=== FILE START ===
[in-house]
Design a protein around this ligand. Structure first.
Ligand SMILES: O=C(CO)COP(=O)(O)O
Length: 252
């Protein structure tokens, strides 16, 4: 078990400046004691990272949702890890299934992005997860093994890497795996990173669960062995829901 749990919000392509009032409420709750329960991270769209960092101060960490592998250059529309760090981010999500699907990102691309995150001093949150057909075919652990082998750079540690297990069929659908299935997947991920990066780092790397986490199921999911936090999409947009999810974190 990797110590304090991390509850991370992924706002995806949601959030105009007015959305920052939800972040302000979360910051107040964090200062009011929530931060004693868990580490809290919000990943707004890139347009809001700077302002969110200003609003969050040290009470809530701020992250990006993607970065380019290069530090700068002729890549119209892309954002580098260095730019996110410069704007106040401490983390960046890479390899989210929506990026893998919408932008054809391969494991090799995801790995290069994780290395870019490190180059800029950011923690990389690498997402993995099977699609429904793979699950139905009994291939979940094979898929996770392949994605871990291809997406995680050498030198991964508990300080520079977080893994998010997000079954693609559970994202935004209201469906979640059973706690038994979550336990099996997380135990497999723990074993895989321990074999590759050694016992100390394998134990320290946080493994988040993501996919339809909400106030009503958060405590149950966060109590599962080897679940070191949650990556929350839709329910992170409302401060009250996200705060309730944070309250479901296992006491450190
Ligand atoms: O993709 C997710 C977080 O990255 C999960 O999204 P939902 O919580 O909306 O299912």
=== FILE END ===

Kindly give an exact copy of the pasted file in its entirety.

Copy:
[in-house]
Design a protein around this ligand. Structure first.
Ligand SMILES: O=C(CO)COP(=O)(O)O
Length: 252
């Protein structure tokens, strides 16, 4: 078990400046004691990272949702890890299934992005997860093994890497795996990173669960062995829901 749990919000392509009032409420709750329960991270769209960092101060960490592998250059529309760090981010999500699907990102691309995150001093949150057909075919652990082998750079540690297990069929659908299935997947991920990066780092790397986490199921999911936090999409947009999810974190 990797110590304090991390509850991370992924706002995806949601959030105009007015959305920052939800972040302000979360910051107040964090200062009011929530931060004693868990580490809290919000990943707004890139347009809001700077302002969110200003609003969050040290009470809530701020992250990006993607970065380019290069530090700068002729890549119209892309954002580098260095730019996110410069704007106040401490983390960046890479390899989210929506990026893998919408932008054809391969494991090799995801790995290069994780290395870019490190180059800029950011923690990389690498997402993995099977699609429904793979699950139905009994291939979940094979898929996770392949994605871990291809997406995680050498030198991964508990300080520079977080893994998010997000079954693609559970994202935004209201469906979640059973706690038994979550336990099996997380135990497999723990074993895989321990074999590759050694016992100390394998134990320290946080493994988040993501996919339809909400106030009503958060405590149950966060109590599962080897679940070191949650990556929350839709329910992170409302401060009250996200705060309730944070309250479901296992006491450190
Ligand atoms: O993709 C997710 C977080 O990255 C999960 O999204 P939902 O919580 O909306 O299912």